Prolia Effective in Treating Osteoporosis in Transfusion Dependent Thalassemia

Research suggests Thalassemia patients osteoporosis can be improved with Prolia

Prolia Effective in Treating Osteoporosis in Transfusion Dependent Thalassemia

by Dr. C.H. Weaver M.D. 11/2018

According to a study published online in the journal Blood Advances patients with osteoporosis caused by transfusion-dependent thalassemia (TDT) experience an improvement in bone mineral density as well a pain reduction and improved quality of life if they receive a twice-yearly injection of Prolia (Denosumab).

Osteoporosis is a bone disease that affects 40 percent of people with TDT — an inherited congenital blood disorder that results in the decreased production of hemoglobin and red blood cells — and is one of the most prevalent comorbidities associated with the disorder. People with osteoporosis have porous, weak bones that are susceptible to fractures and often cause pain. Current standard therapy for people with TDT and osteoporosis is to administer intravenous bisphosphonate agents such as pamidronate or zoledronic acid.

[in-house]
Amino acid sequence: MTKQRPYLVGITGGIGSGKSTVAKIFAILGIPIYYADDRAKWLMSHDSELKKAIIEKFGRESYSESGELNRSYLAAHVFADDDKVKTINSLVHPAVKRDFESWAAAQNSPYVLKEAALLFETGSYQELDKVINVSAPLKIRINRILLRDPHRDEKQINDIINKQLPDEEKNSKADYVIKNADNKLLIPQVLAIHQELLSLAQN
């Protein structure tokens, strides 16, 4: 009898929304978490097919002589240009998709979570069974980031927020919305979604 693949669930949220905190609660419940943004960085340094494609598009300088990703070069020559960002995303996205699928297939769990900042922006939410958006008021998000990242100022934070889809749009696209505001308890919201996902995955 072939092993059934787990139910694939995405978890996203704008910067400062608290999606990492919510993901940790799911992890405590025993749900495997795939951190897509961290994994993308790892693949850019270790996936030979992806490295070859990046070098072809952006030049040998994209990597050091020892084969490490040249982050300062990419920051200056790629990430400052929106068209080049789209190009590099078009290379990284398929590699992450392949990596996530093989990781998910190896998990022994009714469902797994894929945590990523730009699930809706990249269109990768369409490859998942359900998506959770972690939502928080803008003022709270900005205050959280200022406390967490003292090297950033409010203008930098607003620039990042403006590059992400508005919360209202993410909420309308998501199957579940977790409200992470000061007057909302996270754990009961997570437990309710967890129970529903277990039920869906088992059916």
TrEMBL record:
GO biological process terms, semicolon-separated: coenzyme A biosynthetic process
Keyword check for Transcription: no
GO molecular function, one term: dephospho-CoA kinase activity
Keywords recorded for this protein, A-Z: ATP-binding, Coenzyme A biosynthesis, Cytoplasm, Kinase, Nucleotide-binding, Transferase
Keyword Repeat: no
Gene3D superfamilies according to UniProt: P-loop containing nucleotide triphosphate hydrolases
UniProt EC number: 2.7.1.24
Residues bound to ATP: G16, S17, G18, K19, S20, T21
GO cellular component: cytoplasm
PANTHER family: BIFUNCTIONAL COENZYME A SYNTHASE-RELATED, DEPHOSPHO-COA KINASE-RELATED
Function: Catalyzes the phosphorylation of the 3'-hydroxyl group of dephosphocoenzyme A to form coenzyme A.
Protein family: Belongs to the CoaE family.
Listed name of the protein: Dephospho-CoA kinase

It is believed that people with thalassemia and osteoporosis exhibit elevated levels of the osteoporosis regulator gene known as RANKL. Denosumab, delivered under the skin instead of intravenously, is an FDA-approved anti-RANKL therapy that is not yet approved for use in people with TDT-induced osteoporosis.

In the current study researchers evaluated Prolia in patients with TDT and osteoporosis. Overall 63 patients were treated with Prolia (n=32) or placebo (n=31) on days 0 and 180 over a period of 12 months and directly compared. Each patient was also provided with daily supplements of calcium and vitamin D throughout the study.

Each patient’s bone mineral density was measured in the L1–L4 lumbar spine, the wrist, and the femoral neck. Prolia treated patients experienced a 5.92 percent increase in lumbar bone density compared to a 2.92 percent increase in the placebo arm. Similarly, patients receiving denosumab lost less bone mineral density in their wrist while increasing density in the femoral neck. Prolia treated patients also reported a significant reduction in pain compared to those in the placebo arm.

According to senior study author Evangelos Terpos, MD, of the National and Kapodistrian University of Athens, Greece. “Not only is Prola associated with improved bone health and reduced pain, but its ease of administration may very well make this drug superior to bisphosphonates for the treatment of osteoporosis in patients with TDT and osteoporosis,”

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